Superior Court upholds Philadelphia court's decision to transfer casino injury suit to Bucks County

By Nicholas Malfitano | Apr 24, 2017

HARRISBURG – The Superior Court of Pennsylvania ruled that a state court in Philadelphia was not in error when it transferred a plaintiff’s premises liability action against a Bensalem casino to its counterpart court in Bucks County.

On April 17, Superior Court judges Alice Beck Dubow, Lillian Harris Ransom and William H. Platt concurred with the ruling of the Philadelphia County Court of Common Pleas, in approving the transfer of Rita Wyszynski’s lawsuit versus Greenwood Gaming & Entertianment, Inc. (which does business as Parx Casino) to the Bucks County Court of Common Pleas.

Wyszynski of Philadelphia filed suit on Jan. 11, 2016 in the Philadelphia County Court of Common Pleas, against the defendants, alleging she was injured in a fall due to a wet floor in the casino’s restroom.

The casino filed preliminary objections against Wyszynski’s complaint, alleging it wasn’t filed in the proper jurisdiction – since it says Parx Casino is located and conducts business in Bensalem, of Bucks County (and not Philadelphia), and rejected any claims of recklessness by the facts presented in the suit. The plaintiff disagreed, alleging the casino’s advertising in Philadelphia gave the original court jurisdiction over it.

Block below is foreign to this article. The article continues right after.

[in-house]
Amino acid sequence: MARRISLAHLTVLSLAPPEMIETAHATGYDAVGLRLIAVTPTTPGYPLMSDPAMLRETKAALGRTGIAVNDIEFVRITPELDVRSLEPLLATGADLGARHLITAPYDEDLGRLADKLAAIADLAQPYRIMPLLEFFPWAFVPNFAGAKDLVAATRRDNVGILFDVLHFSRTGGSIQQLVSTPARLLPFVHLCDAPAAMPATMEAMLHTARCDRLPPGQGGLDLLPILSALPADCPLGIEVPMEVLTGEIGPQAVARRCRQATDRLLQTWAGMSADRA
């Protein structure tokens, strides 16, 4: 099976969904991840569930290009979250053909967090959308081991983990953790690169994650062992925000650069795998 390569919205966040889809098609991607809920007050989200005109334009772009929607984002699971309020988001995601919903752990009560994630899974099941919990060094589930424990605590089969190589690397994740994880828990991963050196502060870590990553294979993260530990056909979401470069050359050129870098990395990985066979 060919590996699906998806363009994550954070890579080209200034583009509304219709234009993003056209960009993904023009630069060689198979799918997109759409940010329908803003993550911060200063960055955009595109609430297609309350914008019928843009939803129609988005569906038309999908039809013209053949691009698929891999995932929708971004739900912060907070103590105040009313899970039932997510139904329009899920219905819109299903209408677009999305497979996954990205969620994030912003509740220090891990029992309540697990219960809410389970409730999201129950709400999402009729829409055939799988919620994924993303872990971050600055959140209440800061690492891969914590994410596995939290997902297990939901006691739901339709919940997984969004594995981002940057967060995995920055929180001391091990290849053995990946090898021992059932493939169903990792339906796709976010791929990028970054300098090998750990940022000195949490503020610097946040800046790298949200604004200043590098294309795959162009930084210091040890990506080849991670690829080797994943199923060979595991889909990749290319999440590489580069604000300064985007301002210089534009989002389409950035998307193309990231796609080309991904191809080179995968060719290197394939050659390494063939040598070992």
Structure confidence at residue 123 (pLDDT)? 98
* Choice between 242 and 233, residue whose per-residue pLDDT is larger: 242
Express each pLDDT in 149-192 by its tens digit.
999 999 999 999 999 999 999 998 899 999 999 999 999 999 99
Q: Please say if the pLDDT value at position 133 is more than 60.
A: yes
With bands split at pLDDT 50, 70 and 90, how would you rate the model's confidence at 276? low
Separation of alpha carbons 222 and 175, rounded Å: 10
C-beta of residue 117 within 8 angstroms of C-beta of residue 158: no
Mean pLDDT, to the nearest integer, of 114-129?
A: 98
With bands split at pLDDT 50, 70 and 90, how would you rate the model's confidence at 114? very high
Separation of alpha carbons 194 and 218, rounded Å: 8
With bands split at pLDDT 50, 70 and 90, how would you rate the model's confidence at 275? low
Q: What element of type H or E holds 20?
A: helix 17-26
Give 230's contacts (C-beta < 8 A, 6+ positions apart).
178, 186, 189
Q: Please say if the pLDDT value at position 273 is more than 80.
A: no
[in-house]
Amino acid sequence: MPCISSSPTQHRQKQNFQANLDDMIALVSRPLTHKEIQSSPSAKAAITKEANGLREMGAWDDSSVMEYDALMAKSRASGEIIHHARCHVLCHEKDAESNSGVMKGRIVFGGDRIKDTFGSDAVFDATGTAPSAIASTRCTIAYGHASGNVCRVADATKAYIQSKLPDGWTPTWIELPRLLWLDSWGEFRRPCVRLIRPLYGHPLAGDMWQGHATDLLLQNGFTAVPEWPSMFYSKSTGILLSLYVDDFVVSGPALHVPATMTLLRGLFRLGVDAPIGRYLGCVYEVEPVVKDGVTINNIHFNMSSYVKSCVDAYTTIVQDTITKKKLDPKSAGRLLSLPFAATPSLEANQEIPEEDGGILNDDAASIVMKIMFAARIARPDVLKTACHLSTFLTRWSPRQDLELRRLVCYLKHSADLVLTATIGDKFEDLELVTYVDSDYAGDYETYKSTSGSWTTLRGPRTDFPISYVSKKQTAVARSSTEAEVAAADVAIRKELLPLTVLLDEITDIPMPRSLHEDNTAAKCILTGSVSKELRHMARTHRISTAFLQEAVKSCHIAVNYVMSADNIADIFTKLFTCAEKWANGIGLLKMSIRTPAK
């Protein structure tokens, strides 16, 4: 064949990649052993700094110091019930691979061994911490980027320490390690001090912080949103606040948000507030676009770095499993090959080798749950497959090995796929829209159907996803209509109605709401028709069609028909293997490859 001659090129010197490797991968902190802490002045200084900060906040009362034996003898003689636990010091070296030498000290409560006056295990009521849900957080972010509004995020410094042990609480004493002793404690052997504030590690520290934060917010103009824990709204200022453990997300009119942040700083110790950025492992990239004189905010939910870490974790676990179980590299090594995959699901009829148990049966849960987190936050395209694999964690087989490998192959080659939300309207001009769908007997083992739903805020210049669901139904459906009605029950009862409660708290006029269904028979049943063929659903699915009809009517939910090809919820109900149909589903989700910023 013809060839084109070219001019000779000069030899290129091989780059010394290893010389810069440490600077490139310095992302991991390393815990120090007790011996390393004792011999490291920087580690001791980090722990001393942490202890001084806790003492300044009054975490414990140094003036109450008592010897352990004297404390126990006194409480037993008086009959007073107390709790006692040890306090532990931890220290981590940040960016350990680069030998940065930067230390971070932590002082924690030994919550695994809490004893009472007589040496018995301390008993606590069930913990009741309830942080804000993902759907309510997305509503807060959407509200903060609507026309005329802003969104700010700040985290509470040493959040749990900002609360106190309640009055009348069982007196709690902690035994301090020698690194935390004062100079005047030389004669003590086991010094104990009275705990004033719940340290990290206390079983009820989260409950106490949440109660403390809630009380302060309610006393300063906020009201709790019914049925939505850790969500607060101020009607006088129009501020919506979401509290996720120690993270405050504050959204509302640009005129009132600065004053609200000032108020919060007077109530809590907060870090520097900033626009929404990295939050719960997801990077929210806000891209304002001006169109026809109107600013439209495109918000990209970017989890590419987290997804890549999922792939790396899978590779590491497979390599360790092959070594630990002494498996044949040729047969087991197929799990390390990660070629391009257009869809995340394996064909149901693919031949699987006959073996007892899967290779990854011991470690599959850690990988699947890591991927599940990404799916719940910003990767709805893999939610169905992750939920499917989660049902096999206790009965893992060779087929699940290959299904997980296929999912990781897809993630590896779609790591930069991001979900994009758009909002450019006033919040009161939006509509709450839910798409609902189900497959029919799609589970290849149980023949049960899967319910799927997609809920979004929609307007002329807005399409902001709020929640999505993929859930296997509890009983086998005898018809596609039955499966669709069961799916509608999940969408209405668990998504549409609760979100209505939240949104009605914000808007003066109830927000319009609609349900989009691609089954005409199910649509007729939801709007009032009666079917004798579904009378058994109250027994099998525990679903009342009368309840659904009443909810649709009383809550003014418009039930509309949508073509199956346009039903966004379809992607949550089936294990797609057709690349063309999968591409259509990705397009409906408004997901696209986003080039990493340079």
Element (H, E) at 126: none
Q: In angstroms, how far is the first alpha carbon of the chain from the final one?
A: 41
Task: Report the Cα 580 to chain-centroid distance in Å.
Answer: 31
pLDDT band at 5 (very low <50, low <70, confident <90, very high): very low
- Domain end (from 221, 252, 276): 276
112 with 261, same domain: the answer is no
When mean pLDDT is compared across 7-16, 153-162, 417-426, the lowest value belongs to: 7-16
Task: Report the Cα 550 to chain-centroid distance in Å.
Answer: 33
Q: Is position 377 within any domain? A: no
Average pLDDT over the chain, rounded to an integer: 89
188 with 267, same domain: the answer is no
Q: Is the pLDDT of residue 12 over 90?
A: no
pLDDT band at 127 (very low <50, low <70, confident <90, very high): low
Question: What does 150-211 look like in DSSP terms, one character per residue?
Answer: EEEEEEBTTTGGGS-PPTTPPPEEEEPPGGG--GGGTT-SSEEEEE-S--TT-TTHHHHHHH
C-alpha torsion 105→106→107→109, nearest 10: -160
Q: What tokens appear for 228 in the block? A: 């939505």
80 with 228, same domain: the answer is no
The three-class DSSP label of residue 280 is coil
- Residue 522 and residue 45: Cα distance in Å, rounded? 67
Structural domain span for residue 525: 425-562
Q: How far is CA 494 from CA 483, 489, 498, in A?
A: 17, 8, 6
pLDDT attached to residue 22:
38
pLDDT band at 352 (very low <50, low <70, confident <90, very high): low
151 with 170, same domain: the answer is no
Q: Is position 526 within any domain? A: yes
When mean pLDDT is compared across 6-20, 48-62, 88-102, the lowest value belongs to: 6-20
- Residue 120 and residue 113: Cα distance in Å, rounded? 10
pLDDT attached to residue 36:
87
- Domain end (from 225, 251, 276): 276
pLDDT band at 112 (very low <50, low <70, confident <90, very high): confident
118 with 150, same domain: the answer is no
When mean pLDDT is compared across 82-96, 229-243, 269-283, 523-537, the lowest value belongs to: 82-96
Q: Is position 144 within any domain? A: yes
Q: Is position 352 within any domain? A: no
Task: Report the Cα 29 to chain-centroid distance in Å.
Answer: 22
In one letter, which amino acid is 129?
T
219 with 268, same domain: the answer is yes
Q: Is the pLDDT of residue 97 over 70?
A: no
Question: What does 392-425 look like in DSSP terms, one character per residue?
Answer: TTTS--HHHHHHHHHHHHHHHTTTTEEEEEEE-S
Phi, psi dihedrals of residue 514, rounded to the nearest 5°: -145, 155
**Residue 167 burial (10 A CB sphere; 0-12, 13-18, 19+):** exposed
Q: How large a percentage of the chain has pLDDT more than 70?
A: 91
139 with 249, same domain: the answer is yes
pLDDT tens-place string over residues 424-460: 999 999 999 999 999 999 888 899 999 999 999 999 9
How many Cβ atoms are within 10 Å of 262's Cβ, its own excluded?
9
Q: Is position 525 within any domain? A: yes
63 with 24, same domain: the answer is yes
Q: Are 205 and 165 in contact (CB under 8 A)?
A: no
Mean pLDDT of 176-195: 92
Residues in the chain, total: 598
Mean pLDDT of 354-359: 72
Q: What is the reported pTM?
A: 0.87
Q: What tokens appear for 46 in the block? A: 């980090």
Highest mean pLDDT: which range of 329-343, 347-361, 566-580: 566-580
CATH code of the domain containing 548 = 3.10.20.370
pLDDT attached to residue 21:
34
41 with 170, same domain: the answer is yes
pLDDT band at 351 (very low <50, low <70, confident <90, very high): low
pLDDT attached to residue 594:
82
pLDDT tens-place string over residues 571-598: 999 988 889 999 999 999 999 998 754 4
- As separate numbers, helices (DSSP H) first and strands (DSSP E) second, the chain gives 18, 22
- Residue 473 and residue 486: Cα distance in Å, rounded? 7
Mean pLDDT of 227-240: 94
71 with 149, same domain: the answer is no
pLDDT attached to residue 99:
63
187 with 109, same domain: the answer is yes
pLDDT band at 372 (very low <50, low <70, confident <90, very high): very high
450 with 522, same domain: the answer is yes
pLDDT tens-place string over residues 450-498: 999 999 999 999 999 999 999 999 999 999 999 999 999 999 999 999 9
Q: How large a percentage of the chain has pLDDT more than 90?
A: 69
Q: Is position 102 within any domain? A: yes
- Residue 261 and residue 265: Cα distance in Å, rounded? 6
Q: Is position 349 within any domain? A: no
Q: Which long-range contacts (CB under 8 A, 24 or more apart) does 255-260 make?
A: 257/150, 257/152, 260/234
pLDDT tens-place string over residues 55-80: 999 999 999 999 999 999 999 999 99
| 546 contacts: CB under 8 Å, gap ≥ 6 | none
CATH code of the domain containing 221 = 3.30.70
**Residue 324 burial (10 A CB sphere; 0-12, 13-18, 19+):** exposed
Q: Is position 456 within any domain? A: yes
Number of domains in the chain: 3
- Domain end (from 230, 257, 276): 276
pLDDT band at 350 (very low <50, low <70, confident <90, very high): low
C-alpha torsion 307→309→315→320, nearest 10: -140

The Philadelphia County Court of Common Pleas agreed with the casino and sustained its objections on Feb. 12, 2016, in the process also transferring the case to the Bucks County Court of Common Pleas.

This decision was then appealed to the Superior Court, whose duty it was to determine whether the Philadelphia court abused its discretion in approving the transfer to Bucks County court.

“Our courts have consistently held that mere solicitation of business in a particular county does not amount to conducting business,” Ransom said.

Ransom added in spite of this long precedent, Wysznyski argued the casino’s advertising, through ads in Philadelphia newspapers and magazines, radio stations and television channels, and sponsoring events in Philadelphia, should be considered “substantial business.”

But Ransom said this argument did not stand up against the analysis established in Purcell v. Bryn Mawr Hospital, which applies a “quality” and “quantity” test to determine if a corporation’s business contacts are sufficient to constitute regular business conduct for purposes of establishing venue.

“Our case law makes clear that advertising is incidental to the purpose of the business. Advertising, no matter how pervasive, may not satisfy the Purcell analysis. Accordingly, the trial court did not abuse its discretion in transferring venue to Bucks County,” Ransom stated.

The plaintiff is represented by Bernard M. Gross in Philadelphia.

The defendants are represented by Andrew Jay Kramer of Kane Pugh Knoell Troy & Kramer, in Norristown.

Superior Court of Pennsylvania case 766 EDA 2016

Philadelphia County Court of Common Pleas case 160101055

From the Pennsylvania Record: Reach Courts Reporter Nicholas Malfitano at

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